Just us, the cameras, and those wonderful people out there in the dark...

Friday, June 6, 2008

100 Days, 100 Movies: Y Tu Mama Tambien (2001)

Director: Alfonso Cuaron
Starring: Gael Garcia Bernal, Diego Luna, Meribel Verdu

Y Tu Mama Tambien plays on a number of levels. On one level it’s a teenage sex comedy (sometimes drama). It’s also a road movie. It is also, and perhaps most importantly, a subtle exploration of a nation divided against itself by the politics of poverty. This is a film that is at times funny, at times sexy, but ultimately bittersweet in the way that it explores the ways and means that people come together and, eventually, come apart.

The film is well known for its nudity and sex scenes. It begins with Tenoch (Diego Luna) and his girlfriend engaging in an energetic tryst during which they discuss all the people of various nationalities that they won’t be unfaithful with while she’s on a trip out of the country. Soon after, there’s a scene between Julio (Gael Garcia Bernal) and his girlfriend, who is also going on the trip, that is similar in tone and energy. With their girlfriends gone, the boys settle into typical teenage ennui, living lives where nothing really happens. They attend a wedding where they set their sights on Luisa (Meribel Verdu), an older and married woman. They try to interest her in a trip to a secret beach, but she politely declines. Later, when she learns of her husband’s latest affair, she decides to take the boys up on their idea, and the three embark in search of Boca del Cielo.

Like most road movies, the film isn’t as concerned with the destination as it is in what happens to the characters as they get there. Tenoch and Julio reveal their “code” to Luisa and tell her about their sex lives. She’s less than impressed and tells them that she feels bad for their girlfriends, who have to endure them. At one of the stops along the way, she invites Tenoch into her room. He seems surprised, but she points out that this was the whole purpose of her being invited on the trip in the first place. The next day when things become tense between Tenoch and Julio, Luisa warns Tenoch not to get full of himself – it could have just as easily been Julio in her room. She proves it, then, by having sex with Julio. The situation with Luisa is always threatening to erupt and secrets are revealed in anger which leads to more strife. Tenoch and Julio learn that each has been sleeping with the other’s girlfriend and their friendship begins to disintegrate.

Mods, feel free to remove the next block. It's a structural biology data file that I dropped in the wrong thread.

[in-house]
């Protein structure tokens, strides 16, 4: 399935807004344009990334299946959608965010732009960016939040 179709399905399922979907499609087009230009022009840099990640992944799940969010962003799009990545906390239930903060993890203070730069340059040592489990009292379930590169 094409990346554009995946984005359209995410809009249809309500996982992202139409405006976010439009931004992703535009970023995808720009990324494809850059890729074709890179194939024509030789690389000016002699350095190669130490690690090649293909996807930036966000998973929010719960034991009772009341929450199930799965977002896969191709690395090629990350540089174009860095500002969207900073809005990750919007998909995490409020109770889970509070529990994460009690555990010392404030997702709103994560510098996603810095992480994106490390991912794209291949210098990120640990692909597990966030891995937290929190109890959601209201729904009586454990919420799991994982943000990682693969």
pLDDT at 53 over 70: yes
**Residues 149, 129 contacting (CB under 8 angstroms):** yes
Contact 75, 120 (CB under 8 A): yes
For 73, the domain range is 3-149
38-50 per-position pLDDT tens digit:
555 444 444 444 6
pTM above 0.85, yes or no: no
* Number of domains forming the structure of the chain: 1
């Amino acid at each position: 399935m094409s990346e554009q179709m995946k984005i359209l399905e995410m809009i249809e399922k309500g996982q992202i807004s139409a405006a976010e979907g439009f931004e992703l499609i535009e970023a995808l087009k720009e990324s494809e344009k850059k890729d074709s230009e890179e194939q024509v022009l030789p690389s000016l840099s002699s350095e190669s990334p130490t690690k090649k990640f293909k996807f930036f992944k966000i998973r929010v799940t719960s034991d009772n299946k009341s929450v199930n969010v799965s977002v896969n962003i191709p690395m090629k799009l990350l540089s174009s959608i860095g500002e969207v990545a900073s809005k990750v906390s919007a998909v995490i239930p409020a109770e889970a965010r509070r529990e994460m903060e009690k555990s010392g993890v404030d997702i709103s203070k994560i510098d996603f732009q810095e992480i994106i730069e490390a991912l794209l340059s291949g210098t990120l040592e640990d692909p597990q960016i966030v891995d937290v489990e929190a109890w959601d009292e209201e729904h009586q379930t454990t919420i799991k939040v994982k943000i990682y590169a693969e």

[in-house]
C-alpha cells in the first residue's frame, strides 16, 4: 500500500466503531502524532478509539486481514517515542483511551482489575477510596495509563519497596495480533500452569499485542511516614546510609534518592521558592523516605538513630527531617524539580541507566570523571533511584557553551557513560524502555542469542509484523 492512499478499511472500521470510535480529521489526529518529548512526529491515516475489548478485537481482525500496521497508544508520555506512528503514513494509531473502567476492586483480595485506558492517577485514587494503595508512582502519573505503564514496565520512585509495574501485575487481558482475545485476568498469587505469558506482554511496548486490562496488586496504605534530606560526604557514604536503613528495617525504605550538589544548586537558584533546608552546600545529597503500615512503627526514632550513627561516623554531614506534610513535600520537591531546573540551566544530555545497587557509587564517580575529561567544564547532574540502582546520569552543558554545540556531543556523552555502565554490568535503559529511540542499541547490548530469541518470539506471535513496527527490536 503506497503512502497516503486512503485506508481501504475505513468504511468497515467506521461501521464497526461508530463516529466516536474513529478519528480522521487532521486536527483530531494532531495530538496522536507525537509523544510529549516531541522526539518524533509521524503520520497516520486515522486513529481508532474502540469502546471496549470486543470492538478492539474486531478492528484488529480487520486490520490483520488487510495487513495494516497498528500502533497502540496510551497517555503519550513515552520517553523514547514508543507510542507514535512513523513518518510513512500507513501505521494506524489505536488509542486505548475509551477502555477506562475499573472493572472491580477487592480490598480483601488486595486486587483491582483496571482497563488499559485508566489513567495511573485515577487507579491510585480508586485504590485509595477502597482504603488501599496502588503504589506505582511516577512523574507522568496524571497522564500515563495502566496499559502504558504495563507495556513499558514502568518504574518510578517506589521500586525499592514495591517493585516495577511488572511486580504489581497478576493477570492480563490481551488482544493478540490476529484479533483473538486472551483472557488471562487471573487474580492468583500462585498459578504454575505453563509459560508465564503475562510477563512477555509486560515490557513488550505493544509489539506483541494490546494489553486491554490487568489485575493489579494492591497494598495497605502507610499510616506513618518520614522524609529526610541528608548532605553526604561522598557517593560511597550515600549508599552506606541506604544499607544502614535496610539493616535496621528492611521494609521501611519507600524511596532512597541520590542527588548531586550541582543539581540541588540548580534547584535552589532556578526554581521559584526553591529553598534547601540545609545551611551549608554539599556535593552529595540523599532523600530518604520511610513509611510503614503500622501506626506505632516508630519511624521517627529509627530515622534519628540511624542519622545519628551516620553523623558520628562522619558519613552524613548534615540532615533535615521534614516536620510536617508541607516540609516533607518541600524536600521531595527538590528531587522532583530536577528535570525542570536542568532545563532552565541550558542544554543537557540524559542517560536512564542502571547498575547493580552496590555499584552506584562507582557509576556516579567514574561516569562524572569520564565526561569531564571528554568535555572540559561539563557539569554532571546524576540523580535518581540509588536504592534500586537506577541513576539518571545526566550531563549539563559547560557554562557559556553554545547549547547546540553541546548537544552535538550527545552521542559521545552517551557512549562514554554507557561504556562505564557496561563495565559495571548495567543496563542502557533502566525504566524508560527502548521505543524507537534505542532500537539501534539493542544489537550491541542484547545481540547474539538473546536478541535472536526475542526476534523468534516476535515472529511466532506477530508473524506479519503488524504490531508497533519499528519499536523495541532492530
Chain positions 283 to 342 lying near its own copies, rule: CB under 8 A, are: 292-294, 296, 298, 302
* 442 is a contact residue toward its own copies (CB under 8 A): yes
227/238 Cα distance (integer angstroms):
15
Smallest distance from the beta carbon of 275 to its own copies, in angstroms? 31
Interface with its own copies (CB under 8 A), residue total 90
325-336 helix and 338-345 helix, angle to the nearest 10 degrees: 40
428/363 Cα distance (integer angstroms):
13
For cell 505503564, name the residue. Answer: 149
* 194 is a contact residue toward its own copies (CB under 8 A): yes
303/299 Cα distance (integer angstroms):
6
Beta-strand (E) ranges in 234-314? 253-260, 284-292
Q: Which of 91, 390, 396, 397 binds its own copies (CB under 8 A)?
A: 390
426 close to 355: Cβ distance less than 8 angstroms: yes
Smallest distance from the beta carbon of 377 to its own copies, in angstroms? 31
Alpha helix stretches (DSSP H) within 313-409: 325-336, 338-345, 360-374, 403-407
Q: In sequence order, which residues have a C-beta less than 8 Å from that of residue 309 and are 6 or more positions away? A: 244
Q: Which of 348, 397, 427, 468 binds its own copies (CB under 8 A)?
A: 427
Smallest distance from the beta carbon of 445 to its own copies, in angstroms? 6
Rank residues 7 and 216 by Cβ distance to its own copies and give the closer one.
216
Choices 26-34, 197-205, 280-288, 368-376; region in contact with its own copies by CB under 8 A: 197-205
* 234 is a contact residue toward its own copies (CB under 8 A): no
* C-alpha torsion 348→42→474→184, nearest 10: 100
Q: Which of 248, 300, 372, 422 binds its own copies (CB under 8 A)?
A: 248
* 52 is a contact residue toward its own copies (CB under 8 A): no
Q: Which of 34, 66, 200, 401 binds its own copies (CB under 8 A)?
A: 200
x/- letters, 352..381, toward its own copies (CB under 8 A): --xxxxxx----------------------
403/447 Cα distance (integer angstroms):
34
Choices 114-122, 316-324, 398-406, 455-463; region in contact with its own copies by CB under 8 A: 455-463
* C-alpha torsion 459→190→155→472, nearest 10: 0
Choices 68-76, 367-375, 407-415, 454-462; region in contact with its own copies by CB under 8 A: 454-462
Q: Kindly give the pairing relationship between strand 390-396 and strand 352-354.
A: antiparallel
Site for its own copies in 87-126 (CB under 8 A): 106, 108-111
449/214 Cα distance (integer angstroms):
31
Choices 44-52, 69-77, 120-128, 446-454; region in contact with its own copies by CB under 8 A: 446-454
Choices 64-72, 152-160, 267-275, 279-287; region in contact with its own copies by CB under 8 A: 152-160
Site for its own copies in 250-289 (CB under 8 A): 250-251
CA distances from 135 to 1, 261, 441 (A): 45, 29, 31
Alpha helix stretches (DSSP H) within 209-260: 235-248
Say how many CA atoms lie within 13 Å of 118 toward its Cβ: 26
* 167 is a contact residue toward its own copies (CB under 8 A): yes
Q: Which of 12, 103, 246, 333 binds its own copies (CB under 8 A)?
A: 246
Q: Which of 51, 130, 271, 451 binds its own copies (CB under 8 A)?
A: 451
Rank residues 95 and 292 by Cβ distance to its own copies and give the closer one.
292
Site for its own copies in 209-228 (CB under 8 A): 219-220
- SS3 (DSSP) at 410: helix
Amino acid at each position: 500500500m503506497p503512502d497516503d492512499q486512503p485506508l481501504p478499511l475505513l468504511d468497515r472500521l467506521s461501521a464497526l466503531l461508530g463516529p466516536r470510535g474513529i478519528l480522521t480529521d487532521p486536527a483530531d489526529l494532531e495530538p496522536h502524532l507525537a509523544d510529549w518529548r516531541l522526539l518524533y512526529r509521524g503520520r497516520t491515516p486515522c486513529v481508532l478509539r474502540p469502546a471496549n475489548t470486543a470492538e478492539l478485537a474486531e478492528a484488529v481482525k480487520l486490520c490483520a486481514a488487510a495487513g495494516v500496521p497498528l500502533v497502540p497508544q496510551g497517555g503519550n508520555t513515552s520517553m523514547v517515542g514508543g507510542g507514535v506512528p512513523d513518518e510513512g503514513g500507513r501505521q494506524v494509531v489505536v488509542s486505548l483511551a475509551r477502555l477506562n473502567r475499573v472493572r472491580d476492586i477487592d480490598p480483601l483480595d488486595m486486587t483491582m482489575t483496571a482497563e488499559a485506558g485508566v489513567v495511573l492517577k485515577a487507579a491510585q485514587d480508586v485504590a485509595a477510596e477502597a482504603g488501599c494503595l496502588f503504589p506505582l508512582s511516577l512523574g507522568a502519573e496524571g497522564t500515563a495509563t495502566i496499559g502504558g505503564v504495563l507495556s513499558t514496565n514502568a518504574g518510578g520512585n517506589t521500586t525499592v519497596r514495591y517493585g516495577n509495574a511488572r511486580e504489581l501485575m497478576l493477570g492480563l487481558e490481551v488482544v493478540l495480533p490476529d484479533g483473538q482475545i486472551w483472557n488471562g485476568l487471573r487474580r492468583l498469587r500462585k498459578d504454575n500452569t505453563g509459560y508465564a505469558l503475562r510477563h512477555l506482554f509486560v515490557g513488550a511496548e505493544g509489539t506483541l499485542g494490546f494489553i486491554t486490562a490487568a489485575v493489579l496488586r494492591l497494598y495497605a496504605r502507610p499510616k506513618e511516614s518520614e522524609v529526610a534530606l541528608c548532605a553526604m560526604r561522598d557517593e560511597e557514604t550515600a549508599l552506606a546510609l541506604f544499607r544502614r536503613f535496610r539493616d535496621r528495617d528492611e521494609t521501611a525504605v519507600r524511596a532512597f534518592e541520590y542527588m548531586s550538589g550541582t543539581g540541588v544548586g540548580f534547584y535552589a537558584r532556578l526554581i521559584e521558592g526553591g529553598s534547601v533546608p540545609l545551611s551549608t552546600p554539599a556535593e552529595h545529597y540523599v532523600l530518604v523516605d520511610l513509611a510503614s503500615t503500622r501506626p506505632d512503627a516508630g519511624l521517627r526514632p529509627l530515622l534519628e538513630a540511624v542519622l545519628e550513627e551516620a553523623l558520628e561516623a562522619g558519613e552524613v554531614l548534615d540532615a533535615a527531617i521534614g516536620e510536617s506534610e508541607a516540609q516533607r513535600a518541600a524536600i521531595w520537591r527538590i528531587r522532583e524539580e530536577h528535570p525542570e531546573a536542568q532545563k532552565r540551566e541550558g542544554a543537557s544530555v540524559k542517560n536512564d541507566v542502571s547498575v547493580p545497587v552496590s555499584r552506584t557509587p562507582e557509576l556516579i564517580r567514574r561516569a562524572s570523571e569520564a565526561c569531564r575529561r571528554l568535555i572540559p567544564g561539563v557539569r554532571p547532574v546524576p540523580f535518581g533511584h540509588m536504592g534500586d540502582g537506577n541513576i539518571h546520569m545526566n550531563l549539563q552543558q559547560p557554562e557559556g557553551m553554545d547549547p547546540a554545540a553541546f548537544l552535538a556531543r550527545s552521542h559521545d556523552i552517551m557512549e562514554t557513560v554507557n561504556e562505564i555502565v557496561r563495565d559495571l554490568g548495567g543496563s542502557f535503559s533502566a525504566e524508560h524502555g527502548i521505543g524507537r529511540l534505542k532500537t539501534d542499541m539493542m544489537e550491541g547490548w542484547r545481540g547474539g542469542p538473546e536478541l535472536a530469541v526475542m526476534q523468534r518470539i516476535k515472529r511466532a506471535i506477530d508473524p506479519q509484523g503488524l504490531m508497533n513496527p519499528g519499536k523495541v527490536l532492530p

Beneath the ever-heightening sexual tension is a tension of another kind. The film is quick to establish a difference in social ranking between Tenoch (who is upper class, the son of a statesman) and Julio, which it explores further as the film goes on. It also explores the divide between the rich, touristy version of Mexico and the poorer side of Mexico that the threesome encounter at various stops along the film. These moments are brief, commented on by the narrator but, tellingly, hardly even noticed by the three protagonists. At the beginning of the film Tenoch and Julio’s life is marked by their boredom and when they decide to make the trip, they have to track down Julio’s sister to borrow her car. She’s participating in a rally which appears to be rather large. Tenoch and Julio have nothing to say about it, nor its purpose, and it fades from their minds as soon as they get the car. Their wilful ignorance of the political situation that surrounds them is an interesting commentary on a general lack of political awareness in the rising generations. They are aware, vaguely, of the problems but don’t see themselves as part of the solution. Their lives are complete and separate from what’s going on in their own backyards.

The performances in the film are very good. Luna and Bernal both find the right mixture of cockiness and underlying uncertainty to make their roles wholly believable. The standout, however, is Verdu as the woman determined to teach these boys something about life. There is a wonderful scene in which Luisa calls her husband, informs him that she’s aware of his affair and has left for good, then tearfully reminds him to take care of himself now that she won’t be there to do it for him. It’s a brief but powerful scene, one of many in which the character becomes fully human and not simply a device of the plot. All three characters are, in fact, very real and it is a credit to the performers and the filmmakers that the characters are not muted by all the sex in the film, but rather become more clearly defined through those scenes. Y Tu Mama Tambien is a film that is memorable not because of how much flesh it shows, but because of how deeply it goes beneath the superficial level of skin to the souls of its characters.

No comments: